Churches, part two


Last week I mentioned my first visit many years ago to New Hope Baptist Church was when it was housed in the white clapboard sanctuary still located on the same property.

The church has graciously kept it fine condition.

About the year 1975 it was going to build the large round sanctuary. A date for the groundbreaking was set and as a reporter I arrived with my camera and 7-year-old daughter. When we arrived she was given a balloon and I realized what was going to happen, at the moment church officials tossed their shovels of dirt in the air, folks were supposed to release their balloons. Sure enough, that was the plan but I was ready. I had two seconds to get the photos of the dirt in the air and then wheel around and get the balloons lofting off to meet the heavens. I’m pleased to say I got them both. My son’s high school baccalaureate was held in this round sanctuary.

Other remembrances: the Harp’s Crossing Baptist Church began in a white clapboard county church just down the road from where it is now. When the congregation raised enough money to build a brick and mortar sanctuary the members walked one fine morning from the former place of worship the mile up the road to the new one. I got a picture of this trek and as far as I know it’s still hanging in the church.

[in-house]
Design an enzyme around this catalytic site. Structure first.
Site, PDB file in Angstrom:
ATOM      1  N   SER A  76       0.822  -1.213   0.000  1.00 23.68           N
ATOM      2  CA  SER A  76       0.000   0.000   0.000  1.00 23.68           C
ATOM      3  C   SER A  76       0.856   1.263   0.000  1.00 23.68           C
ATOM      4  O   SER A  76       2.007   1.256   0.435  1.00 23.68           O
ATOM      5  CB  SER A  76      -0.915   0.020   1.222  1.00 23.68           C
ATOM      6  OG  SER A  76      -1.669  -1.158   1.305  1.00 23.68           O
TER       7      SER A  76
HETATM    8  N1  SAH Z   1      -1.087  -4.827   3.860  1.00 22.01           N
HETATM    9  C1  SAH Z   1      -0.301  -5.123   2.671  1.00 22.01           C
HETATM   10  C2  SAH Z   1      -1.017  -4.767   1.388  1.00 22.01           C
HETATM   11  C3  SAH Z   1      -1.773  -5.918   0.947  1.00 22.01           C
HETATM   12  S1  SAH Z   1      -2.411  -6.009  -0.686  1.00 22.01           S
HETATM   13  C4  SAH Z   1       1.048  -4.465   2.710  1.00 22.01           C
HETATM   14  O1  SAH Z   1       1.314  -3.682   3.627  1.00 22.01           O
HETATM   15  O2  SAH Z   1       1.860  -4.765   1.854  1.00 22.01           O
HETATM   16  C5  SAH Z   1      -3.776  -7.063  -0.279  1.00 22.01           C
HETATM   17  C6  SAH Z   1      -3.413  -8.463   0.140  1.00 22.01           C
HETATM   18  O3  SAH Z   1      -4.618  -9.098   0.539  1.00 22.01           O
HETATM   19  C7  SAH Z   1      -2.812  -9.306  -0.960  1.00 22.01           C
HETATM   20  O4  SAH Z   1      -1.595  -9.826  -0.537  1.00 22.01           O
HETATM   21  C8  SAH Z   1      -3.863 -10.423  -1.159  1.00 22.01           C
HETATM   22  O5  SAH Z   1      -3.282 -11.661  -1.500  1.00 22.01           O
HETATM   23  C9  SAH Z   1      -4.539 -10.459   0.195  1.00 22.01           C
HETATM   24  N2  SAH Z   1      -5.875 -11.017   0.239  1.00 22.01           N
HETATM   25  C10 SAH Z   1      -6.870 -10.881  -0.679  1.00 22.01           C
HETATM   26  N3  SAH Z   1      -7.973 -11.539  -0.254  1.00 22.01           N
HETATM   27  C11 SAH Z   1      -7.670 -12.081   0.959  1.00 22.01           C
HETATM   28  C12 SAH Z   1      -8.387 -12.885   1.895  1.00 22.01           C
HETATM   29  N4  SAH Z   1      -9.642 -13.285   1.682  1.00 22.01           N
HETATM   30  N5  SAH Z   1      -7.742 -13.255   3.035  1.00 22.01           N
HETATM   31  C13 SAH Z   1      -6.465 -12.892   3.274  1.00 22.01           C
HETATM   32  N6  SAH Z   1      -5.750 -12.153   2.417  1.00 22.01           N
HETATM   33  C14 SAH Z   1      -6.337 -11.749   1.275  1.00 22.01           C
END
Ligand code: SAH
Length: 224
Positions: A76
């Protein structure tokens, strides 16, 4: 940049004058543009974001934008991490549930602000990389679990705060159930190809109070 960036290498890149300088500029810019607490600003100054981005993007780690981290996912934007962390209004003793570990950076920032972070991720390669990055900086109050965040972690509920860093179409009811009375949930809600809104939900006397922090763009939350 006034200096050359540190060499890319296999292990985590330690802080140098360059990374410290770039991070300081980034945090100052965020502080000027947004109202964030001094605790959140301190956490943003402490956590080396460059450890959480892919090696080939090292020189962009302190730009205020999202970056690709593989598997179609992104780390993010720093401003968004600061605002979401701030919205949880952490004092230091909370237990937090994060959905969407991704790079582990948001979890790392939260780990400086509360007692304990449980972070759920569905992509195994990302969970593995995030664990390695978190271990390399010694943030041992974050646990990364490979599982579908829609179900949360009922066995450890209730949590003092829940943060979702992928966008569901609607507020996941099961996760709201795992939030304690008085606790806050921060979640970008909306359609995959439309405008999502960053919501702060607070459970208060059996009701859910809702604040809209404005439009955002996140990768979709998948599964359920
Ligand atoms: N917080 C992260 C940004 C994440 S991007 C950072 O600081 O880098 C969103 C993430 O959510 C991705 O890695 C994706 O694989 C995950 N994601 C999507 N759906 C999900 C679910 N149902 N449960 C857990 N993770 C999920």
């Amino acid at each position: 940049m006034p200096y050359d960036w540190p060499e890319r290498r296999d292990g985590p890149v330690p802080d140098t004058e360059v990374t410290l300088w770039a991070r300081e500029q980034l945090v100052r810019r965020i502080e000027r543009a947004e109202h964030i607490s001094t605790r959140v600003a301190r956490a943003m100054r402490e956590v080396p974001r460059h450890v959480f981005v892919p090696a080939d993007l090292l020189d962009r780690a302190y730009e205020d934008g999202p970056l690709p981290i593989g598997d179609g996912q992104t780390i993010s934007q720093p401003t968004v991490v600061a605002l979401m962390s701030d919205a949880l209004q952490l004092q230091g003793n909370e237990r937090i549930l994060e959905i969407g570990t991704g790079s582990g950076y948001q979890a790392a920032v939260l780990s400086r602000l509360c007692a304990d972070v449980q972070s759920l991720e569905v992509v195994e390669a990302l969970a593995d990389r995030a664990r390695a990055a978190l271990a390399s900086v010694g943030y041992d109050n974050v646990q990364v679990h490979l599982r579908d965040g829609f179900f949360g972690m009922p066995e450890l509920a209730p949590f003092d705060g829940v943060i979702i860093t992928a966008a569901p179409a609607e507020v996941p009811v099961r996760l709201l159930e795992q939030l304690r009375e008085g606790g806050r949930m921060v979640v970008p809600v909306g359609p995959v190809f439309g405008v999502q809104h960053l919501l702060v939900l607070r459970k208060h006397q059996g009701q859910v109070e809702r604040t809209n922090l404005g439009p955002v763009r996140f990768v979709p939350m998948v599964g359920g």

When women ministers began arriving in Fayette County, one was appointed to a church in the middle of the county. A third generation member of this church was dead set against the idea. She asked him to please give her a 6-month trial period. He agreed and guess what – she stayed for four more years.

One church I always enjoyed going to and covering for various events was Holly Grove AME Church. I ended up being there so much that after several years they assumed I was a member and I think they got real ticked if I didn’t show up for a service.

I am allergic to various perfumes and odors. This includes the various brands of churches that swing incense around. I have to hold my breath for as long as I can and the moment usually passes. However, I was covering a church that was unusually crowded and the pastor swinging the incense had to stop right beside where I was sitting for several minutes. There were tears in my eyes from holding my breath so long, but I finally made it.

Though I am an eight- decade Methodist, and was a Sunday School teacher on the fourth Sunday for my own Sunday School class for 40 straight years at Fayetteville United Methodist, I am just as proud of writing about Fayette County churches for that same period of time.

We have some very interesting congregations and members living here.